The effect of the admirable force established in Essex was to compel the adjoining counties of Suffolk, Hertfordshire and Cambridgeshire reluctantly to follow suit, and in other parts of England and Wales rural police were gradually appointed. By May 1853, twenty-two counties had adopted the Permissive Act, seven counties had partly adopted it, and twenty-two counties (including two Ridings of Yorkshire) continued the parochial system, with or without Superintending Constables. The confusion resulting from this patchwork arrangement was put an end to by the second great Rural Police Act, passed in 1856, “to render more effectual the police in Counties and Boroughs in England and Wales.” This measure, commonly called the “Obligatory Act,” enacted that where a Constabulary had not already been appointed for the whole of a County, the magistrates were forthwith to cause such a force to be appointed for the whole or residue of that County, as the case might be ; and further, that the police forces of all Boroughs containing five thousand inhabitants or less were to be consolidated with the police of the County wherein such Boroughs might be situated. 

An annual statement respecting crime in Counties was required to be transmitted by the magistrates (a similar statement for Boroughs to be rendered by the Watch Committees), to the Secretary of State for the Home Department, in order that an abstract of the same might be presented to Parliament. Provision was also made for the appointment of Inspectors of Constabulary, with authority to visit and enquire into the state and general efficiency of the police in the several Counties and Boroughs, and to report thereon to the Secretary of State. On a certificate from the Home Secretary that the police force of any County or Borough was efficient, a sum not exceeding one-fourth part of the total cost of pay and clothing for such police force was to be paid by the Treasury. The effect of this Statute was, for the first time, to provide every part of England and Wales with stipendiary police, thus completing the process which had been initiated at Bow Street more than a hundred years before. The Metropolitan Police Act, the Municipal Corporations Act, and the Permissive Act, valuable and indeed indispensable as they undoubtedly were, had been effective only in certain districts delinquents, whom the activity of the metropolitan police had driven out of London, found a home in other large towns ; a second migration followed when the Boroughs got their police ; and yet a third took place, as we have seen, after the partial introduction of rural constabularies. If it is true that the degree of impunity looked for has more to do with the amount of delinquency prevailing than the want of life’s necessaries, or any other factor, it is not a matter for surprise that a large army of vagrant thieves continued to ply their trade as long as there remained twenty counties and scores of small towns where no interference with their illegal pursuits was to be anticipated, and to which they might return after a successful raid to safely dispose of their plunder.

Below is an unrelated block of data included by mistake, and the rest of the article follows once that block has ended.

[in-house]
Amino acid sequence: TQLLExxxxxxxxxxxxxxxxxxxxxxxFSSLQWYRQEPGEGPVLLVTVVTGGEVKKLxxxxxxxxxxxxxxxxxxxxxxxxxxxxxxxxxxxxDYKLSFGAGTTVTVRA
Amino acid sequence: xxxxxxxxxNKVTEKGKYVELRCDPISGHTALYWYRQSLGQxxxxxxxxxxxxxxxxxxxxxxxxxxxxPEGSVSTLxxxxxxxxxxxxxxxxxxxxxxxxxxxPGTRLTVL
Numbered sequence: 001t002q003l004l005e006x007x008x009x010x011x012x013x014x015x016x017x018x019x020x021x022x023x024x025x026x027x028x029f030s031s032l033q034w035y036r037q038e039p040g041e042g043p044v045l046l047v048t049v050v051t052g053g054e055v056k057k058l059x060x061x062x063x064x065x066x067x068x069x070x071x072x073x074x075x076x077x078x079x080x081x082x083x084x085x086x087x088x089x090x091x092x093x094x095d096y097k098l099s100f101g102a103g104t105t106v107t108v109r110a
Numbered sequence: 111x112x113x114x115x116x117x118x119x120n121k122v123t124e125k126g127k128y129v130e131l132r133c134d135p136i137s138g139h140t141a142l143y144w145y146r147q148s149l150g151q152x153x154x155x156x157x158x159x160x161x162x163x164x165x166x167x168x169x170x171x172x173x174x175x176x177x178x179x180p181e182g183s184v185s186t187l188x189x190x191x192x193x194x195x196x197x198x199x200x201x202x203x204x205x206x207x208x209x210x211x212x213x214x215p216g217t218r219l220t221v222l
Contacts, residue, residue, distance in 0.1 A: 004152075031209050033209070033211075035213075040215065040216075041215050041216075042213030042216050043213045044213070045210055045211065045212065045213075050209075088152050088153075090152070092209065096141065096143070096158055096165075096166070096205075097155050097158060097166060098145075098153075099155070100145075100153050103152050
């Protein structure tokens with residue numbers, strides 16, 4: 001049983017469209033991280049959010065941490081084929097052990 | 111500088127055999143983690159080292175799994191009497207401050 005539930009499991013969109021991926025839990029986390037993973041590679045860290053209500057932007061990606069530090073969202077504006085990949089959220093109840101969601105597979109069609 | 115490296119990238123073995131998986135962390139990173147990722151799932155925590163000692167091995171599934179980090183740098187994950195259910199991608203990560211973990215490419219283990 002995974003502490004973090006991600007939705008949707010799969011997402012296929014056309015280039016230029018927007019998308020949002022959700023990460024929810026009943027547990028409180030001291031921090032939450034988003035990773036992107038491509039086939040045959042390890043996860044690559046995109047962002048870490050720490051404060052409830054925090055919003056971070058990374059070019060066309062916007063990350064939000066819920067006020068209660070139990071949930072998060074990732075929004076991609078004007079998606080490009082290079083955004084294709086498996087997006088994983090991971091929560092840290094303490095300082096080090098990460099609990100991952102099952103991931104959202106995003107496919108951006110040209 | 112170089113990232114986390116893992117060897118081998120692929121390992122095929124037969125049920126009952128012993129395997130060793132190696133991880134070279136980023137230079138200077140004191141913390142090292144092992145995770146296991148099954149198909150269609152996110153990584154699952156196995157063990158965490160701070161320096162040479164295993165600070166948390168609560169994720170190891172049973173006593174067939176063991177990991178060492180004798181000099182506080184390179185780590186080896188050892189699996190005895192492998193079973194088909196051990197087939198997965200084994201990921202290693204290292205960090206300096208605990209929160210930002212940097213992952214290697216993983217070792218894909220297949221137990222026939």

The Obligatory Act tended to reduce crime in many ways, for not only did a criminal career become much less attractive after the last Alsatia had been closed, but the efficiency of all existing police bodies was enormously increased by the uniformity and co-operation between different units which naturally followed upon the compulsory adop- tion of one general system through the whole country. Local control was not interfered with by this Act, but a certain standard of excellence was set up and maintained by means of the government grant-the withholding of which as a punishment for inefficiency, took the place to some extent of the amercements once levied against districts whose police had been found wanting. And finally, the vexatious restrictions which prevented constables from acting outside the narrow limits of their constablewicks, were removed by the clause which gave County constables the same powers in Boroughs as Borough Constables enjoyed in Counties, thus restoring a power similar to that which our English police long ago possessed, of carrying the Hue and Cry from township to township, and from shire to shire “until the offender be apprehended, or at the least until he be thus pursued to the seaside.”